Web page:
Hello everyone, I’m having a hard time figuring out how to implement arrays with custom indices.
I’ve read all the existing documentation out there, but it’s often poor and lacking of information, especially examples.
I’m trying to implement a simple array (extending AbstractArray) with indices ranging between two custom values (‘lb’ and ‘ub’ below), which can also be negative numbers.

struct MyType{T} <: AbstractArray{T,1}
data::Array{T,1}
dim::Int #Number of components of ‘data’
lb::Int #lower bound of indices
ub::Int #Upper bound of indices
end

Now I’m really not sure how to redefine the array functions, in particular:

Shall I redefine show? Some say I shouldn’t, but why?

What about getindex() and setindex!()? No tutorial shows an example of their redefinition with custom indices, so I assume that they remain unchanged, but it seems strange.
Maybe I should use ‘1+i-a.lb’ instead of ‘i’ as index of data?

Since I don’t know much about this, here’s the rest of my code until now, please suggest me what to change to make it work properly.

julia> using OffsetArrays
julia> w = OffsetArray(1:5, -2:2)
OffsetArrays.OffsetArray{Int64,1,UnitRange{Int64}} with indices -2:2:
1
2
3
4
5
julia> w[0]
3

Well, this solves my specific problem, so I’m likely to accept this answer.
Yet, I’d still like to know how to implement custom indices, because in the future I may work on something else that isn’t already solved (by OffsetArray).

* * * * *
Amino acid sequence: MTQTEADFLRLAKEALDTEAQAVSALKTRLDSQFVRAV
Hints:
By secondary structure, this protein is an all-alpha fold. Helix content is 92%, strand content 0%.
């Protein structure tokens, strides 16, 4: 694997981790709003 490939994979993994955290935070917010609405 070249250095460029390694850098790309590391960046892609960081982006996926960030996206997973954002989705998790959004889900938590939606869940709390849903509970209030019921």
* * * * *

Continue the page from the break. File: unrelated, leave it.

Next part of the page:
For example, how would you modify my code to make it work? Is it a simple task? Thanks again!

Your code looks very close, and I think that if you just do (as you suggest) overload getindex and setindex! to use 1 + i - a.lb then your type will pretty much just work:

struct MyType{T} <: AbstractArray{T,1}
data::Array{T,1}
dim::Int #Number of components of ‘data’
lb::Int #lower bound of indices
ub::Int #Upper bound of indices
end
MyType{T}(::Type{T}, n::Int, lb::Int = 0) = MyType(Array{T,1}(n), n, lb, lb+n-1);
Base.size(a::MyType) = (a.dim,)
Base.IndexStyle(::Type{<:MyType}) = IndexLinear()
Base.similar(a::MyType, ::Type{T}, d::Dims{1}) where {T} = MyType(T, d[1])
Base.getindex(a::MyType, i::Int) = a.data[1 + i - a.lb]
Base.setindex!(a::MyType, v, i::Int) = (a.data[1 + i - a.lb] = v)
Base.indices(a::MyType) = (a.lb:a.ub,)

Usage:

julia> m = MyType(Float64, 5, -2)
MyType{Float64} with indices -2:2:
0.0
0.0
0.0
0.0
0.0
julia> m .= 0
MyType{Float64} with indices -2:2:
0.0
0.0
0.0
0.0
0.0
julia> m[0] = 5
5
julia> m
MyType{Float64} with indices -2:2:
0.0
0.0
5.0
0.0
0.0
julia> sum(m)
5.0

I also made a couple of very minor changes:

restricted your similar method to Dims{1}, since your type is one-dimensional and it doesn’t make sense to call similar(MyType, T, dims) with a multi-dimensional dims

I think the best answer to this would be to look at the OffsetArray source code and go from there. As far as I know, you do need to define getindex and setindex! methods for your array type, both for integer indexing and cartesian indexing (Vararg{Int,N}).